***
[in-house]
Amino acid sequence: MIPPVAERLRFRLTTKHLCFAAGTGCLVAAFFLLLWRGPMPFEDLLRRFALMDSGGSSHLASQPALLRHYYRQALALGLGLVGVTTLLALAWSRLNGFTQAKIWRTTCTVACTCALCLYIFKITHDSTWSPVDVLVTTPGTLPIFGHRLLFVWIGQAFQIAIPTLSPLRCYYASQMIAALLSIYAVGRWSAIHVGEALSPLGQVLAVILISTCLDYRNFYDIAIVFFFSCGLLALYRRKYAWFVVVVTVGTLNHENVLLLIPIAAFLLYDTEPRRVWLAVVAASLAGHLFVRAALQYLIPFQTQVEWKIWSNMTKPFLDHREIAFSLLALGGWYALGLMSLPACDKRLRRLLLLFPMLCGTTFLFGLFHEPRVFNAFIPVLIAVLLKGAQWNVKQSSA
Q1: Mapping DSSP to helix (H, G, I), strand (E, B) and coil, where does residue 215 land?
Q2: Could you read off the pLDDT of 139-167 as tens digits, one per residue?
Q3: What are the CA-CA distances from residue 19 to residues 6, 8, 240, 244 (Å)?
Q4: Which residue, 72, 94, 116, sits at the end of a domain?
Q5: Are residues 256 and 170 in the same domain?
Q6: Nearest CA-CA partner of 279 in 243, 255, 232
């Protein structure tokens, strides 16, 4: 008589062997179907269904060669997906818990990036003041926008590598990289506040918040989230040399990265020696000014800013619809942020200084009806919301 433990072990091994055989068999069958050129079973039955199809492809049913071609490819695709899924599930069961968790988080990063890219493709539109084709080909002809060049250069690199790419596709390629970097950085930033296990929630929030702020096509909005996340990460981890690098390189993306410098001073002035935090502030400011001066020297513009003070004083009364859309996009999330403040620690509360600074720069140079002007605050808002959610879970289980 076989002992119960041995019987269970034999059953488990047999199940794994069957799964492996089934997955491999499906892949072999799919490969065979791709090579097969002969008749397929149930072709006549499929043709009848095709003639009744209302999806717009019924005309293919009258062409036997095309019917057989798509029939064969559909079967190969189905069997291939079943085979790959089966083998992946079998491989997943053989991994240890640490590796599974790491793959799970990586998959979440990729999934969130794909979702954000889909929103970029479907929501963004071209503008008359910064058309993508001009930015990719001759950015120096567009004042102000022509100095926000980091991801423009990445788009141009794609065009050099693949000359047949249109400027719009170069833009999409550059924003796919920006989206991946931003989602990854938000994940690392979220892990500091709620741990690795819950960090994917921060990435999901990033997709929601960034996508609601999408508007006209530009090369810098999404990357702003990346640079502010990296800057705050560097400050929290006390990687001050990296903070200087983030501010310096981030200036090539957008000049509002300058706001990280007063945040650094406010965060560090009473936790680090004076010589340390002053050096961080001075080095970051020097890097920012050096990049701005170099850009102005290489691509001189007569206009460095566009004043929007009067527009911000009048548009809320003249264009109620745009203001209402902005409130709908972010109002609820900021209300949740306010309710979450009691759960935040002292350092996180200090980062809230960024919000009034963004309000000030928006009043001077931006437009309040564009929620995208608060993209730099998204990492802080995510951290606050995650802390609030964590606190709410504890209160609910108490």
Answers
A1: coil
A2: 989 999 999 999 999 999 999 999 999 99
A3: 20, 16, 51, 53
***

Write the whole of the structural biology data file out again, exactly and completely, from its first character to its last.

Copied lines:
[in-house]
Amino acid sequence: MIPPVAERLRFRLTTKHLCFAAGTGCLVAAFFLLLWRGPMPFEDLLRRFALMDSGGSSHLASQPALLRHYYRQALALGLGLVGVTTLLALAWSRLNGFTQAKIWRTTCTVACTCALCLYIFKITHDSTWSPVDVLVTTPGTLPIFGHRLLFVWIGQAFQIAIPTLSPLRCYYASQMIAALLSIYAVGRWSAIHVGEALSPLGQVLAVILISTCLDYRNFYDIAIVFFFSCGLLALYRRKYAWFVVVVTVGTLNHENVLLLIPIAAFLLYDTEPRRVWLAVVAASLAGHLFVRAALQYLIPFQTQVEWKIWSNMTKPFLDHREIAFSLLALGGWYALGLMSLPACDKRLRRLLLLFPMLCGTTFLFGLFHEPRVFNAFIPVLIAVLLKGAQWNVKQSSA
Q1: Mapping DSSP to helix (H, G, I), strand (E, B) and coil, where does residue 215 land?
Q2: Could you read off the pLDDT of 139-167 as tens digits, one per residue?
Q3: What are the CA-CA distances from residue 19 to residues 6, 8, 240, 244 (Å)?
Q4: Which residue, 72, 94, 116, sits at the end of a domain?
Q5: Are residues 256 and 170 in the same domain?
Q6: Nearest CA-CA partner of 279 in 243, 255, 232
């Protein structure tokens, strides 16, 4: 008589062997179907269904060669997906818990990036003041926008590598990289506040918040989230040399990265020696000014800013619809942020200084009806919301 433990072990091994055989068999069958050129079973039955199809492809049913071609490819695709899924599930069961968790988080990063890219493709539109084709080909002809060049250069690199790419596709390629970097950085930033296990929630929030702020096509909005996340990460981890690098390189993306410098001073002035935090502030400011001066020297513009003070004083009364859309996009999330403040620690509360600074720069140079002007605050808002959610879970289980 076989002992119960041995019987269970034999059953488990047999199940794994069957799964492996089934997955491999499906892949072999799919490969065979791709090579097969002969008749397929149930072709006549499929043709009848095709003639009744209302999806717009019924005309293919009258062409036997095309019917057989798509029939064969559909079967190969189905069997291939079943085979790959089966083998992946079998491989997943053989991994240890640490590796599974790491793959799970990586998959979440990729999934969130794909979702954000889909929103970029479907929501963004071209503008008359910064058309993508001009930015990719001759950015120096567009004042102000022509100095926000980091991801423009990445788009141009794609065009050099693949000359047949249109400027719009170069833009999409550059924003796919920006989206991946931003989602990854938000994940690392979220892990500091709620741990690795819950960090994917921060990435999901990033997709929601960034996508609601999408508007006209530009090369810098999404990357702003990346640079502010990296800057705050560097400050929290006390990687001050990296903070200087983030501010310096981030200036090539957008000049509002300058706001990280007063945040650094406010965060560090009473936790680090004076010589340390002053050096961080001075080095970051020097890097920012050096990049701005170099850009102005290489691509001189007569206009460095566009004043929007009067527009911000009048548009809320003249264009109620745009203001209402902005409130709908972010109002609820900021209300949740306010309710979450009691759960935040002292350092996180200090980062809230960024919000009034963004309000000030928006009043001077931006437009309040564009929620995208608060993209730099998204990492802080995510951290606050995650802390609030964590606190709410504890209160609910108490």
Answers
A1: coil
A2: 989 999 999 999 999 999 999 999 999 99
A3: 20, 16, 51, 53